A number of firms have told me that they have a pressing need to address the issue of what actions online trigger a suitability obligation. A broker generally triggers a suitability obligation if it makes a recommendation to a customer. Everyone here has probably heard about another "graduate" who sued his broker recently for making unsuitable recommendations after daytrading his way through $40,000. The difficult question is when is a broker making a recommendation online:

  • Is it a recommendation if a broker makes research and other information available to a customer based on information gathered through profiling that customer from his movements online? Amazon.com certainly does this.

  • What if the broker gathers information about the investor for another purpose, such as to meet its obligations under some money laundering rules?

  • Once the broker has the information for one purpose, such as marketing, does he have a duty to use it for another purpose?

  • What is the online customer's expectation regarding the information that she gathers? Does the investor know that she is receiving information that is personalized to her interests?

  • Does she assume that this information is in fact a recommendation by the broker?

  • Can a broker make a recommendation through anonymous reps dealing with online investors?

Let me pose some hypotheticals along what I believe to be a spectrum of possible situations. Do you believe that a recommendation has been made in any of these situations?

  • First, at the low end of the spectrum, I am an investor and I use an online broker that provides pure execution with no other bells and whistles. I am not a daytrader. Maybe I even executed a trade based on information gathered elsewhere.

  • At the second point in the spectrum, I execute trades, plus I gather information from the broker's "virtual library" (research reports, market commentary, news). This "virtual library" looks the same to every investor.

  • At the third point in the spectrum, I personalize the broker's website that I see every day. I have a personalized webpage called "mybroker" with a quote tracker tracking Internet stocks, alerts about new technology stock research reports, and a daily investment newsletter highlighting IPOs in Internet highfliers. Just to make things interesting, I identified myself to my broker as a very conservative investor.

  • At the fourth point on the spectrum, my broker personalizes my website based on the information that the broker has gathered about my interests when I was online. I initially set my quote tracker to track Internet stocks that I am interested in following. My website brings market commentary and research reports about tech stocks to my attention. I don't even know that the library of information that I see is personalized for me.

  • At the fifth and high end of the spectrum, my broker helps me manage my portfolio online, either by providing benchmarks which my portfolio should meet or asset allocation advice for my portfolio.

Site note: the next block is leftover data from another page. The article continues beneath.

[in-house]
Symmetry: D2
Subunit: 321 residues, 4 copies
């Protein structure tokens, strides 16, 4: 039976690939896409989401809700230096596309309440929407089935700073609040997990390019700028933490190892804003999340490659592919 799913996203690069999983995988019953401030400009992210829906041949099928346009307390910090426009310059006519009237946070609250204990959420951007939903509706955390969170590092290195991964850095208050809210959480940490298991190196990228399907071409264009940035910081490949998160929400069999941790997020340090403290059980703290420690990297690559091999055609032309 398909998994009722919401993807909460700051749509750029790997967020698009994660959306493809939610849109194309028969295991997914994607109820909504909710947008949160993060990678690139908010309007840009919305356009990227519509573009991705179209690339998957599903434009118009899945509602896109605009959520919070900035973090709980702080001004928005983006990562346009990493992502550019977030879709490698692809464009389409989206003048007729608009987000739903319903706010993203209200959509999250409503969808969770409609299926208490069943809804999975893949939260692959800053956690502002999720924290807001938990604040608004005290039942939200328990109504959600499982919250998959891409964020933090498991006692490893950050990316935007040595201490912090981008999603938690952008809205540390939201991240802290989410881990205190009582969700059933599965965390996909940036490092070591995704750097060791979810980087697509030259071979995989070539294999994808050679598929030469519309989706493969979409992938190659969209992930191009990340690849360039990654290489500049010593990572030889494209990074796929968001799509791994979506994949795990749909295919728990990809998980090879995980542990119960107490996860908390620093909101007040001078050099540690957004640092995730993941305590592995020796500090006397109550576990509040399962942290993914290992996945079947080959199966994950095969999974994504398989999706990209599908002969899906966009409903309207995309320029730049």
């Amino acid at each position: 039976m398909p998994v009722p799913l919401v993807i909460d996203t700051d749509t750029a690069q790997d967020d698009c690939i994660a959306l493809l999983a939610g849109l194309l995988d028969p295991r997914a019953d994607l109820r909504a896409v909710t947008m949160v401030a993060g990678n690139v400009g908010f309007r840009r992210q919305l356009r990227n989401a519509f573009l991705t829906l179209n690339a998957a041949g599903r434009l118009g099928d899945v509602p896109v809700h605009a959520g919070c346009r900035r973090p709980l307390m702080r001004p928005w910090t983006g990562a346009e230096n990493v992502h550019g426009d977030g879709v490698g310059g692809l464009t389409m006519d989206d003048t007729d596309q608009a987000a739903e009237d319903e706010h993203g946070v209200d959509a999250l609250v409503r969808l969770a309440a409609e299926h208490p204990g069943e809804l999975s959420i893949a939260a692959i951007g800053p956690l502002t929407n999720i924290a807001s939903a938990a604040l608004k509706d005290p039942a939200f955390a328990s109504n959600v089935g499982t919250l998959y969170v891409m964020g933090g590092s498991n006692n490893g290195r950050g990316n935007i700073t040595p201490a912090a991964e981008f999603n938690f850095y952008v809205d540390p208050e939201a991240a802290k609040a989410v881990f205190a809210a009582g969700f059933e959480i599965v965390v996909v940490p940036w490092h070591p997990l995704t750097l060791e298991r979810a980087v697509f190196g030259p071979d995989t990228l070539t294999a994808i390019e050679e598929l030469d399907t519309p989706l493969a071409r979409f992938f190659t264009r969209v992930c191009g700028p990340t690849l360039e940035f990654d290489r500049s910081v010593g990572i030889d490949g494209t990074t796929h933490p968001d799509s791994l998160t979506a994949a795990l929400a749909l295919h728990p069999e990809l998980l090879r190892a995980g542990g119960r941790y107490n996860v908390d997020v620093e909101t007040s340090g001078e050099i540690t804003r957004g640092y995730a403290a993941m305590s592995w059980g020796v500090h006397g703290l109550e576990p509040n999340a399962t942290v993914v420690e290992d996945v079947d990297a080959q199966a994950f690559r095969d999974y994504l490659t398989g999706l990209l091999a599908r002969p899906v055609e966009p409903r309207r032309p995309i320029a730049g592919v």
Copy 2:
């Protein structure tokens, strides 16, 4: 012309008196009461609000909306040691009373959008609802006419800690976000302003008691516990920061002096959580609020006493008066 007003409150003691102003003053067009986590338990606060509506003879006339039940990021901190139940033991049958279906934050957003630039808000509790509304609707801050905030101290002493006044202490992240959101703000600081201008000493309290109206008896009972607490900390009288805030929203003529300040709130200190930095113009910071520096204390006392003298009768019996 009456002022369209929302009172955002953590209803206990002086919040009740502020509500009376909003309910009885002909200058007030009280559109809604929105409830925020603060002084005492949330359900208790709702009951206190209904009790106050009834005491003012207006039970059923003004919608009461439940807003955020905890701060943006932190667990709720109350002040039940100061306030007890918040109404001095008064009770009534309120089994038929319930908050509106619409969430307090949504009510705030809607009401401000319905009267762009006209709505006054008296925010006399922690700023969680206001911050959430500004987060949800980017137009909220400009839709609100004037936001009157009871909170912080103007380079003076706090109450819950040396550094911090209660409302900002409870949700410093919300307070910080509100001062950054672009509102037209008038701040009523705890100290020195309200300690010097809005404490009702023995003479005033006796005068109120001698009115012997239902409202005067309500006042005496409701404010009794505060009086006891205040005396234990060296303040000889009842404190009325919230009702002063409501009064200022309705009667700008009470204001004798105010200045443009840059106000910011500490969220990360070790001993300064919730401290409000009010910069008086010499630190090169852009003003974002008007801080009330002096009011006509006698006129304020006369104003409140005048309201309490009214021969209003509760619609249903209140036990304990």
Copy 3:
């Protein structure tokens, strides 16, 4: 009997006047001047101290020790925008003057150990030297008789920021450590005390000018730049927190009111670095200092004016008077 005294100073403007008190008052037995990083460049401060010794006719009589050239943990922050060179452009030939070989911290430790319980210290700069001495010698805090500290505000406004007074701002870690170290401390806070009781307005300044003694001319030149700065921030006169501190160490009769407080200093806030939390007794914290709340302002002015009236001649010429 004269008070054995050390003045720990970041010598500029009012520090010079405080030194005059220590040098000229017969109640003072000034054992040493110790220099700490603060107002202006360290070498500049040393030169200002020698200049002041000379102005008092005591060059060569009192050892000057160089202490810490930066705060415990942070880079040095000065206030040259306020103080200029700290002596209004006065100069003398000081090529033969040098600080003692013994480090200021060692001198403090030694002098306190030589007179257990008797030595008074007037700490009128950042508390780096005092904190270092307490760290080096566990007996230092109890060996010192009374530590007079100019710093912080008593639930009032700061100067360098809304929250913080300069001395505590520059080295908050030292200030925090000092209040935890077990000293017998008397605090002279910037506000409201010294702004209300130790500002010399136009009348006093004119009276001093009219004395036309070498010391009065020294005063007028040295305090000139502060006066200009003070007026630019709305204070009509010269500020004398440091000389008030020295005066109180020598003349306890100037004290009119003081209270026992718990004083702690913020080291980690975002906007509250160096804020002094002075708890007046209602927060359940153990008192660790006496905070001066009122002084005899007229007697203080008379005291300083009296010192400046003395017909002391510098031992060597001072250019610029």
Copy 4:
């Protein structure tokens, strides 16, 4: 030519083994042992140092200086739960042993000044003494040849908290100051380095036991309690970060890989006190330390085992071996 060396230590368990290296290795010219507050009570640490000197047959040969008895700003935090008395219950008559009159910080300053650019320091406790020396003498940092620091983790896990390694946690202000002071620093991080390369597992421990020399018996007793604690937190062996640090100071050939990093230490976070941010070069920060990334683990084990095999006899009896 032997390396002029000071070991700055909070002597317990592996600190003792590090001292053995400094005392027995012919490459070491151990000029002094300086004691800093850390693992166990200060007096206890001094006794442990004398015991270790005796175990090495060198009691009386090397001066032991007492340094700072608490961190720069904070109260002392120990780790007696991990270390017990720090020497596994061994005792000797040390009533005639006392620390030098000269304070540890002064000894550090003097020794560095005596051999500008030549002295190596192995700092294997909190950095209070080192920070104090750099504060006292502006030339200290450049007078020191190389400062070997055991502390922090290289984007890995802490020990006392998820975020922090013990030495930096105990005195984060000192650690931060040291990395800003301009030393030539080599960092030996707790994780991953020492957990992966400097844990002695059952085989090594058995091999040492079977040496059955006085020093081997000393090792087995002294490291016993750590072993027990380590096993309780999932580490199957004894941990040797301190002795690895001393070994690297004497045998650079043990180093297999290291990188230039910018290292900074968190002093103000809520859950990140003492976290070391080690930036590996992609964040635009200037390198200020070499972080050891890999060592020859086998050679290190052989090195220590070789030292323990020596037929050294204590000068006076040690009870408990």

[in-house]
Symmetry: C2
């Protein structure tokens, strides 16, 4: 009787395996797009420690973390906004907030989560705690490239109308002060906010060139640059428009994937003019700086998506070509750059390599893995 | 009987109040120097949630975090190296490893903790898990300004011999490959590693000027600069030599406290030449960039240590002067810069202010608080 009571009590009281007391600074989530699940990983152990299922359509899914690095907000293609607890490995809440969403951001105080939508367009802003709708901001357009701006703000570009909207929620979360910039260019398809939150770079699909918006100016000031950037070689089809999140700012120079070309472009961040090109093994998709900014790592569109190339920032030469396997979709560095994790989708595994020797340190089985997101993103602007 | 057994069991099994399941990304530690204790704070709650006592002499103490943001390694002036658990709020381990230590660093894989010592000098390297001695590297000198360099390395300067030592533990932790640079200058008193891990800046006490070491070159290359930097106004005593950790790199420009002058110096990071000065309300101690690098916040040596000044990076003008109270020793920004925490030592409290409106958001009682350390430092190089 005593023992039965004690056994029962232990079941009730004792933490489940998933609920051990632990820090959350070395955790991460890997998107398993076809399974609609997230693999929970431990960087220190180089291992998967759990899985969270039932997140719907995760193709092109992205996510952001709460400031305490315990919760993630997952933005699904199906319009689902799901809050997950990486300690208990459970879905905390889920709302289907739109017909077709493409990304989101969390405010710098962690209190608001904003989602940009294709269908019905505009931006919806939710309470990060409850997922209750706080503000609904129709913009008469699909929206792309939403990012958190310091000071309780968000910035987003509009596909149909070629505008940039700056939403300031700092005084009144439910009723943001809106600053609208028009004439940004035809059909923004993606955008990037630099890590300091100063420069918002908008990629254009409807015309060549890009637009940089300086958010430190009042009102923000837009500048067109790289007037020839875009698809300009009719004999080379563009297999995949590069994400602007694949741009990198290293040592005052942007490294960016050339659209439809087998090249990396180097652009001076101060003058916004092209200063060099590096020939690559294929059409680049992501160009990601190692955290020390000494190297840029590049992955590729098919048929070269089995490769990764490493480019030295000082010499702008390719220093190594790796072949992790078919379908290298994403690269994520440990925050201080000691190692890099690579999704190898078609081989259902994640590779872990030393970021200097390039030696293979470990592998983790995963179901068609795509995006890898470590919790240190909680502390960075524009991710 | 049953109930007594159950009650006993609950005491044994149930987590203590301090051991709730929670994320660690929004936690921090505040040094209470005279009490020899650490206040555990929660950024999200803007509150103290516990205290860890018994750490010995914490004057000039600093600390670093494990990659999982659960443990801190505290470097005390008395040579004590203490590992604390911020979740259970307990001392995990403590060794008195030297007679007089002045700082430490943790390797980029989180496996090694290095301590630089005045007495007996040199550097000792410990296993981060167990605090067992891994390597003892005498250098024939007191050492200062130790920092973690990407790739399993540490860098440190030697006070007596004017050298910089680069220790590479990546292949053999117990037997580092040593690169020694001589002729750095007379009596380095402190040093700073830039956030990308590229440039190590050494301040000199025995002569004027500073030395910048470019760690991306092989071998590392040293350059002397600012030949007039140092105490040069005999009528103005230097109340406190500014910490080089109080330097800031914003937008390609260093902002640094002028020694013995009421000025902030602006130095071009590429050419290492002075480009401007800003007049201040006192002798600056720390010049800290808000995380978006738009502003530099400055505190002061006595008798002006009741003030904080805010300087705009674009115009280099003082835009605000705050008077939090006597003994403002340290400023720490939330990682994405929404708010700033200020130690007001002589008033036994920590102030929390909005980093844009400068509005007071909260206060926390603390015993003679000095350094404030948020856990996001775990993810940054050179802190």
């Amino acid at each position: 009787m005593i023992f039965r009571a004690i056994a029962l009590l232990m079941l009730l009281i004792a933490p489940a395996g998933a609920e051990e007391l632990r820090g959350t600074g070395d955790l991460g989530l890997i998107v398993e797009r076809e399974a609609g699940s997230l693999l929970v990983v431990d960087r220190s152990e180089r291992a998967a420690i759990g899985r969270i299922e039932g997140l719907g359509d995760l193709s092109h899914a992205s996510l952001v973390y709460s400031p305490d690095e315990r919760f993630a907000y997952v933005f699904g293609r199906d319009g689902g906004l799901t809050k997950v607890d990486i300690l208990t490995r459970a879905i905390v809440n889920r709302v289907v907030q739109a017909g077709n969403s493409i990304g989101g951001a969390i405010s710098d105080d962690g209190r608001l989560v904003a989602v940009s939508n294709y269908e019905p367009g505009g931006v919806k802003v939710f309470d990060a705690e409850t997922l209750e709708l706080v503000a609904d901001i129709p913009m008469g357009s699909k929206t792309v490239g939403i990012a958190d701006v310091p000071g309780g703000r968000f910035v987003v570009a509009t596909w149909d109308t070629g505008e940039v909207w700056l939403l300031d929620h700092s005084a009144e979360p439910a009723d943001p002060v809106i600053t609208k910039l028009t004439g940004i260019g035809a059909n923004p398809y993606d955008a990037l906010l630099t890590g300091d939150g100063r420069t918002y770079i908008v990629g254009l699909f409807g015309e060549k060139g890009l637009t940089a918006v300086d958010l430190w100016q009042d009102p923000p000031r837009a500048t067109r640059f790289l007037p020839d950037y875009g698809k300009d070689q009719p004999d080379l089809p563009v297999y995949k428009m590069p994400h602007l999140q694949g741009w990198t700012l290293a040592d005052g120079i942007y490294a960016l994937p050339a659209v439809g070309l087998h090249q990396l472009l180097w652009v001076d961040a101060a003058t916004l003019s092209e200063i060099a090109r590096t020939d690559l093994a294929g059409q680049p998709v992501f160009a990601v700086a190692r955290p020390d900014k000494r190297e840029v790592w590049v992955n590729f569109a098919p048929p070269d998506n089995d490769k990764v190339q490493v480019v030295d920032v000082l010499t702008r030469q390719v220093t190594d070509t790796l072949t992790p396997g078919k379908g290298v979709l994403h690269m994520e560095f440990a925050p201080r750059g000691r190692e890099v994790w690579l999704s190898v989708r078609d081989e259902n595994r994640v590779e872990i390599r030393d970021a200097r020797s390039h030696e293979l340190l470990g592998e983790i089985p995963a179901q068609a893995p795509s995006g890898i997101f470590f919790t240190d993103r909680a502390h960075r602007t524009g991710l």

Let's look at the facts and circumstances of each case. In the first instance, the broker is providing pure execution. In the second and third example, I am targeting the information that I receive by actively gathering information, either by myself or with my broker's help. In the fourth example, my broker is targeting the information that he sends to me by profiling me. In the last example, my broker is advising me about my portfolio allocation and performance.

If online investors control the information that comes to their attention, then one could argue that most online firms today are merely acting as order takers. If, however, brokers can make the information that investors see highly personalized based on the investor profile (whether given voluntarily or not), someone could well argue, under those facts and circumstances, that such targeting is a recommendation. These issues clearly concern online firms whose disclaimers all say that they are not making recommendations or suitability determinations.

A related issue is what liability, if any, should attach when a broker hyperlinks to another document. A hyperlink may make it appear that the linking party has adopted and approved the information. A hyperlink may make the linking website seem legitimate. Hyperlinks may also go "deep" into a linked document and circumvent warnings or explanations. Again, the facts and circumstances involved will control the outcome.


The quest of online firms for the "holy grail" of relationship management may clash with privacy concerns. You may think that investors do not have particular privacy concerns, until you learn that "spamming" is our number one investor complaint in the Office of Internet Enforcement. Privacy should concern "good" firms. One major firm told me that a third of their prospective customers registered using false information. Clearly, these customers are going to unusual extremes to protect their privacy.